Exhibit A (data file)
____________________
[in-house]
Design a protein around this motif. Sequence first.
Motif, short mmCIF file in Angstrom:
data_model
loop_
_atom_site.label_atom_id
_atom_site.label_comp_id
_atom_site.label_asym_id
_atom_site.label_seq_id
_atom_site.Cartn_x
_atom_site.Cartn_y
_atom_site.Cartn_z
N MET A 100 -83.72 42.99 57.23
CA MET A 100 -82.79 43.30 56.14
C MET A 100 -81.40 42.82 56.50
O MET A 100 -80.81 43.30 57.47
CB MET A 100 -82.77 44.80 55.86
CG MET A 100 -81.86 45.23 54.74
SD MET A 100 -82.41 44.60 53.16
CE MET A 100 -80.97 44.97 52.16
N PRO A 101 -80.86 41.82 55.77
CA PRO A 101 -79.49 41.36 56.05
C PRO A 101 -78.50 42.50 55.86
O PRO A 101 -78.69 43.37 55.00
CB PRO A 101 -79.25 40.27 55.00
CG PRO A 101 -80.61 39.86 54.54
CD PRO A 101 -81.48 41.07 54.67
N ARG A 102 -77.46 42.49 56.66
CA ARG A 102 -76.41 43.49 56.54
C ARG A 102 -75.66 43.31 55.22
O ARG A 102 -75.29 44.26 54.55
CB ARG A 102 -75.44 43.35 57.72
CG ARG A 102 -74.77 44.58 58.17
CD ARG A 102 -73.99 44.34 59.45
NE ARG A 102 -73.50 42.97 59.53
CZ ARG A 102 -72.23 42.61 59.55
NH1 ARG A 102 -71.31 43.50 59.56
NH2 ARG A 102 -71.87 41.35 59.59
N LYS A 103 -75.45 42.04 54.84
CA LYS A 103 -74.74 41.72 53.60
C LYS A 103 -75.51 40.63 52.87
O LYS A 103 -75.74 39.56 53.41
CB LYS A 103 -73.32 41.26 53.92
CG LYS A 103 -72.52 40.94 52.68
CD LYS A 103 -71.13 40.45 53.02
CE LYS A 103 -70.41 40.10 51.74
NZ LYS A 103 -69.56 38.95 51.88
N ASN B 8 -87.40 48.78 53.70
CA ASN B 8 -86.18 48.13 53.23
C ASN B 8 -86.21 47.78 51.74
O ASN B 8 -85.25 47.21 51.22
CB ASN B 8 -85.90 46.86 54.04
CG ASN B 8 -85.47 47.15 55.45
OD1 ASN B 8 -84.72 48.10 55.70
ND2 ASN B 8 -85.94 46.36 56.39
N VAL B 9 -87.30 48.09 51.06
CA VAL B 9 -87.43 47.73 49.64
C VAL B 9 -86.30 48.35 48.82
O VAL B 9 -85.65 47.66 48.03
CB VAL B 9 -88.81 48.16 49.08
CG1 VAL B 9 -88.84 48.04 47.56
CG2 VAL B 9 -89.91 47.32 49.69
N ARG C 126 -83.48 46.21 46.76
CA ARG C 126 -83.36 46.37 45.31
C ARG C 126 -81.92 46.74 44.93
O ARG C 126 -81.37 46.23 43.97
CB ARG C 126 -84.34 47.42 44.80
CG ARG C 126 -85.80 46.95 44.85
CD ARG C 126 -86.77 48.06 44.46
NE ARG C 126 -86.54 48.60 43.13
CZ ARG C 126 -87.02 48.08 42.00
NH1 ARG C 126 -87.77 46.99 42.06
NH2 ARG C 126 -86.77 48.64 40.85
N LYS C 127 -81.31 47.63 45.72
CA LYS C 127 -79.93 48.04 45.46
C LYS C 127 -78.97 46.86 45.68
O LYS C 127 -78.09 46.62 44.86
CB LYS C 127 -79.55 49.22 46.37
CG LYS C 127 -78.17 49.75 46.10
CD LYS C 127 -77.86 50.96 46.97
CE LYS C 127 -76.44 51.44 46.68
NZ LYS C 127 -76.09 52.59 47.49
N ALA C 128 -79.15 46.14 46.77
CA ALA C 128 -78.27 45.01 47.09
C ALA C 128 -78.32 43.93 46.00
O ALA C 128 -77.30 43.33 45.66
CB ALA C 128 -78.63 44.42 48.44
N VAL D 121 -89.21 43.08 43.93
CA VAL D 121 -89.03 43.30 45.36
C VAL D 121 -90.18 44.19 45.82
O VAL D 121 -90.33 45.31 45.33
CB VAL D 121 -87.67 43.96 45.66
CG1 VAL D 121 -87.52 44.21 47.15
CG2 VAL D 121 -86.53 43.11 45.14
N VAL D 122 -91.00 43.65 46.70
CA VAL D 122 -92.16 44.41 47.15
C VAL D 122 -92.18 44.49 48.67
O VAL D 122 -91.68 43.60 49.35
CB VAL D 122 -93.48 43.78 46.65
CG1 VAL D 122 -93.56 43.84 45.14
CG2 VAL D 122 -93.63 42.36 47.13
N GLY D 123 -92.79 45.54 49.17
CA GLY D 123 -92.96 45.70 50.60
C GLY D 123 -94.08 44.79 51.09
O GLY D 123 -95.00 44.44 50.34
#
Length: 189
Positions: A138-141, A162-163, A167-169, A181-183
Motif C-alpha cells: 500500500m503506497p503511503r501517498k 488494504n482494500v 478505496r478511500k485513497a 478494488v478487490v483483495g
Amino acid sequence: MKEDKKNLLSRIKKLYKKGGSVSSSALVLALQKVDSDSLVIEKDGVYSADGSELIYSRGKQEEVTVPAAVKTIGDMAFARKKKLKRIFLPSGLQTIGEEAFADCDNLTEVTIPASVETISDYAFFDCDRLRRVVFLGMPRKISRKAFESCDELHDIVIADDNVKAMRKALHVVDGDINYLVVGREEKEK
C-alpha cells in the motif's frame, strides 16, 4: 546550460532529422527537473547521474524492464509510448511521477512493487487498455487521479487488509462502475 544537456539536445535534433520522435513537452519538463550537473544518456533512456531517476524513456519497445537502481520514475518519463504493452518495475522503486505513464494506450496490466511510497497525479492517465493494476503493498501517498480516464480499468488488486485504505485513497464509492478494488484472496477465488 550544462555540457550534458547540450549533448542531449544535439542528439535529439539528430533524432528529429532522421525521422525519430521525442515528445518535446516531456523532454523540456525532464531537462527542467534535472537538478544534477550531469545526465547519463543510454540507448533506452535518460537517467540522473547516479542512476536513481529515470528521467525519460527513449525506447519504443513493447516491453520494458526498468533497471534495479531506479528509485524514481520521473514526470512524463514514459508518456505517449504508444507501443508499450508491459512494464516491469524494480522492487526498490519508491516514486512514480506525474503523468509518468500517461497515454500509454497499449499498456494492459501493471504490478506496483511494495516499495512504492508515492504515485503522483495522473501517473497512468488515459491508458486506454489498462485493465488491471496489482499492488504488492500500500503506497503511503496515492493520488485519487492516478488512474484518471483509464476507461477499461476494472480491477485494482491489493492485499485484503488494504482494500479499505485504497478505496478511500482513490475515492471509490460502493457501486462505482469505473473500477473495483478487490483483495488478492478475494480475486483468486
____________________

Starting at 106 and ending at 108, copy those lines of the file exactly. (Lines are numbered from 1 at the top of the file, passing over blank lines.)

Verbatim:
#
Length: 189
Positions: A138-141, A162-163, A167-169, A181-183